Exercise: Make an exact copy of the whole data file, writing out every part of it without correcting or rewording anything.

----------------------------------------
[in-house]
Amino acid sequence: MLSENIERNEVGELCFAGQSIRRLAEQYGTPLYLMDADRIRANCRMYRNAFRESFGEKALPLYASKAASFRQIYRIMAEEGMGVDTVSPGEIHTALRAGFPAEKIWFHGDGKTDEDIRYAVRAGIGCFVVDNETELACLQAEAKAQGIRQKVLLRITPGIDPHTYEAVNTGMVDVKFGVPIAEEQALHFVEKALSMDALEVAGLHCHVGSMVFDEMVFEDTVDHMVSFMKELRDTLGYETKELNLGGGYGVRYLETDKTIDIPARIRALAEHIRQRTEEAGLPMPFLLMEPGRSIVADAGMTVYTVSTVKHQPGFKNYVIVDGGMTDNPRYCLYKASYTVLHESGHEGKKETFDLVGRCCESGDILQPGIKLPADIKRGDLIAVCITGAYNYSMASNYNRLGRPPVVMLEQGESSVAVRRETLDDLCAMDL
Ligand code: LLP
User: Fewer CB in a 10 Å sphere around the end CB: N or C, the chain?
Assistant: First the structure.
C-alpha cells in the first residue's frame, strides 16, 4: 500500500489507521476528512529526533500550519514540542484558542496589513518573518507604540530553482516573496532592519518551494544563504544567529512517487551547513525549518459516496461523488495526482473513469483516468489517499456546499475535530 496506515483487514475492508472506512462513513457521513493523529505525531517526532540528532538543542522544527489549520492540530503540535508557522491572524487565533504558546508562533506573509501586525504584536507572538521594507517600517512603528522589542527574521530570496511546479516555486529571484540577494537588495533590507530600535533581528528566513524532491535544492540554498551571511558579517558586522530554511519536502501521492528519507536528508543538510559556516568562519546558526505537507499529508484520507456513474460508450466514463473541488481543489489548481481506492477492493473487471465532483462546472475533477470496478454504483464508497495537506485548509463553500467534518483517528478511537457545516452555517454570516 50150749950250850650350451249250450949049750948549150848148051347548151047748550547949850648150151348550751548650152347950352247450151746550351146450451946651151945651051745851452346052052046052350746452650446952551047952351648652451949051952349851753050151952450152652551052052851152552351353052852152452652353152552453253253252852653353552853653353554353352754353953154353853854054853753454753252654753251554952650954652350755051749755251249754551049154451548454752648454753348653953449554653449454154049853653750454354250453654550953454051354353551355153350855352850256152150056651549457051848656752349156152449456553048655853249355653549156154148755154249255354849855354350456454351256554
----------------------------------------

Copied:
[in-house]
Amino acid sequence: MLSENIERNEVGELCFAGQSIRRLAEQYGTPLYLMDADRIRANCRMYRNAFRESFGEKALPLYASKAASFRQIYRIMAEEGMGVDTVSPGEIHTALRAGFPAEKIWFHGDGKTDEDIRYAVRAGIGCFVVDNETELACLQAEAKAQGIRQKVLLRITPGIDPHTYEAVNTGMVDVKFGVPIAEEQALHFVEKALSMDALEVAGLHCHVGSMVFDEMVFEDTVDHMVSFMKELRDTLGYETKELNLGGGYGVRYLETDKTIDIPARIRALAEHIRQRTEEAGLPMPFLLMEPGRSIVADAGMTVYTVSTVKHQPGFKNYVIVDGGMTDNPRYCLYKASYTVLHESGHEGKKETFDLVGRCCESGDILQPGIKLPADIKRGDLIAVCITGAYNYSMASNYNRLGRPPVVMLEQGESSVAVRRETLDDLCAMDL
Ligand code: LLP
User: Fewer CB in a 10 Å sphere around the end CB: N or C, the chain?
Assistant: First the structure.
C-alpha cells in the first residue's frame, strides 16, 4: 500500500489507521476528512529526533500550519514540542484558542496589513518573518507604540530553482516573496532592519518551494544563504544567529512517487551547513525549518459516496461523488495526482473513469483516468489517499456546499475535530 496506515483487514475492508472506512462513513457521513493523529505525531517526532540528532538543542522544527489549520492540530503540535508557522491572524487565533504558546508562533506573509501586525504584536507572538521594507517600517512603528522589542527574521530570496511546479516555486529571484540577494537588495533590507530600535533581528528566513524532491535544492540554498551571511558579517558586522530554511519536502501521492528519507536528508543538510559556516568562519546558526505537507499529508484520507456513474460508450466514463473541488481543489489548481481506492477492493473487471465532483462546472475533477470496478454504483464508497495537506485548509463553500467534518483517528478511537457545516452555517454570516 50150749950250850650350451249250450949049750948549150848148051347548151047748550547949850648150151348550751548650152347950352247450151746550351146450451946651151945651051745851452346052052046052350746452650446952551047952351648652451949051952349851753050151952450152652551052052851152552351353052852152452652353152552453253253252852653353552853653353554353352754353953154353853854054853753454753252654753251554952650954652350755051749755251249754551049154451548454752648454753348653953449554653449454154049853653750454354250453654550953454051354353551355153350855352850256152150056651549457051848656752349156152449456553048655853249355653549156154148755154249255354849855354350456454351256554